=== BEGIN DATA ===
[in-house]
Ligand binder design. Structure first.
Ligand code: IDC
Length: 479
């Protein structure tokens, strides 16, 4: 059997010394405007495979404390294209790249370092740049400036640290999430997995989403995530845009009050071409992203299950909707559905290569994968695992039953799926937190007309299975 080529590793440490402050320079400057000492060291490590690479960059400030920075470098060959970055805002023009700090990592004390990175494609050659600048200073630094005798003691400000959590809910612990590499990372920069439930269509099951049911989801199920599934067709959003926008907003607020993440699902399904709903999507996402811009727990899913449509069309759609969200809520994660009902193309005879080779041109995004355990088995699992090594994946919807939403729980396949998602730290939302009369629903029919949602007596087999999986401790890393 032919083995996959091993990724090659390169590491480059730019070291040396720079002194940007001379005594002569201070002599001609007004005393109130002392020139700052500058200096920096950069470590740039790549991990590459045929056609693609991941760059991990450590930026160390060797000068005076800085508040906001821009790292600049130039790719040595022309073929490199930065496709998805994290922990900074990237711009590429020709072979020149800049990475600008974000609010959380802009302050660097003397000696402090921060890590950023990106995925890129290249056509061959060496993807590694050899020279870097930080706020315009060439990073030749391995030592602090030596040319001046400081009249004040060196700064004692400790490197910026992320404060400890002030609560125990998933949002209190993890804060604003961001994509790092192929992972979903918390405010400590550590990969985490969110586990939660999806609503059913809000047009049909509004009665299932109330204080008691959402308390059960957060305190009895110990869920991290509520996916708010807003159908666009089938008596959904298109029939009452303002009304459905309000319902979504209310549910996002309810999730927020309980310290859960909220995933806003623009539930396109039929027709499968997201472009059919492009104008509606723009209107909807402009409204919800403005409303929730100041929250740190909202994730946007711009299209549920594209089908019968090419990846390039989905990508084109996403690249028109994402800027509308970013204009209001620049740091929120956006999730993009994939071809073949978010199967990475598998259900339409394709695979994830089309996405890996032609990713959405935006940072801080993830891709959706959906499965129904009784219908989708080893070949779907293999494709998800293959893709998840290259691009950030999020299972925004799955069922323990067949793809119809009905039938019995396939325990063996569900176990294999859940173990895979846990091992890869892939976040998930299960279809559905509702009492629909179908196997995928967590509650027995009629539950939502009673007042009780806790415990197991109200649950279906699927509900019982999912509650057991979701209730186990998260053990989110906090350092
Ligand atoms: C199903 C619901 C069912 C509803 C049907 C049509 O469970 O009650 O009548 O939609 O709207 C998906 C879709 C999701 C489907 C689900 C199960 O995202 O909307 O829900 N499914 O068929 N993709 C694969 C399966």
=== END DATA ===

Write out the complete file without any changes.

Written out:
[in-house]
Ligand binder design. Structure first.
Ligand code: IDC
Length: 479
């Protein structure tokens, strides 16, 4: 059997010394405007495979404390294209790249370092740049400036640290999430997995989403995530845009009050071409992203299950909707559905290569994968695992039953799926937190007309299975 080529590793440490402050320079400057000492060291490590690479960059400030920075470098060959970055805002023009700090990592004390990175494609050659600048200073630094005798003691400000959590809910612990590499990372920069439930269509099951049911989801199920599934067709959003926008907003607020993440699902399904709903999507996402811009727990899913449509069309759609969200809520994660009902193309005879080779041109995004355990088995699992090594994946919807939403729980396949998602730290939302009369629903029919949602007596087999999986401790890393 032919083995996959091993990724090659390169590491480059730019070291040396720079002194940007001379005594002569201070002599001609007004005393109130002392020139700052500058200096920096950069470590740039790549991990590459045929056609693609991941760059991990450590930026160390060797000068005076800085508040906001821009790292600049130039790719040595022309073929490199930065496709998805994290922990900074990237711009590429020709072979020149800049990475600008974000609010959380802009302050660097003397000696402090921060890590950023990106995925890129290249056509061959060496993807590694050899020279870097930080706020315009060439990073030749391995030592602090030596040319001046400081009249004040060196700064004692400790490197910026992320404060400890002030609560125990998933949002209190993890804060604003961001994509790092192929992972979903918390405010400590550590990969985490969110586990939660999806609503059913809000047009049909509004009665299932109330204080008691959402308390059960957060305190009895110990869920991290509520996916708010807003159908666009089938008596959904298109029939009452303002009304459905309000319902979504209310549910996002309810999730927020309980310290859960909220995933806003623009539930396109039929027709499968997201472009059919492009104008509606723009209107909807402009409204919800403005409303929730100041929250740190909202994730946007711009299209549920594209089908019968090419990846390039989905990508084109996403690249028109994402800027509308970013204009209001620049740091929120956006999730993009994939071809073949978010199967990475598998259900339409394709695979994830089309996405890996032609990713959405935006940072801080993830891709959706959906499965129904009784219908989708080893070949779907293999494709998800293959893709998840290259691009950030999020299972925004799955069922323990067949793809119809009905039938019995396939325990063996569900176990294999859940173990895979846990091992890869892939976040998930299960279809559905509702009492629909179908196997995928967590509650027995009629539950939502009673007042009780806790415990197991109200649950279906699927509900019982999912509650057991979701209730186990998260053990989110906090350092
Ligand atoms: C199903 C619901 C069912 C509803 C049907 C049509 O469970 O009650 O009548 O939609 O709207 C998906 C879709 C999701 C489907 C689900 C199960 O995202 O909307 O829900 N499914 O068929 N993709 C694969 C399966």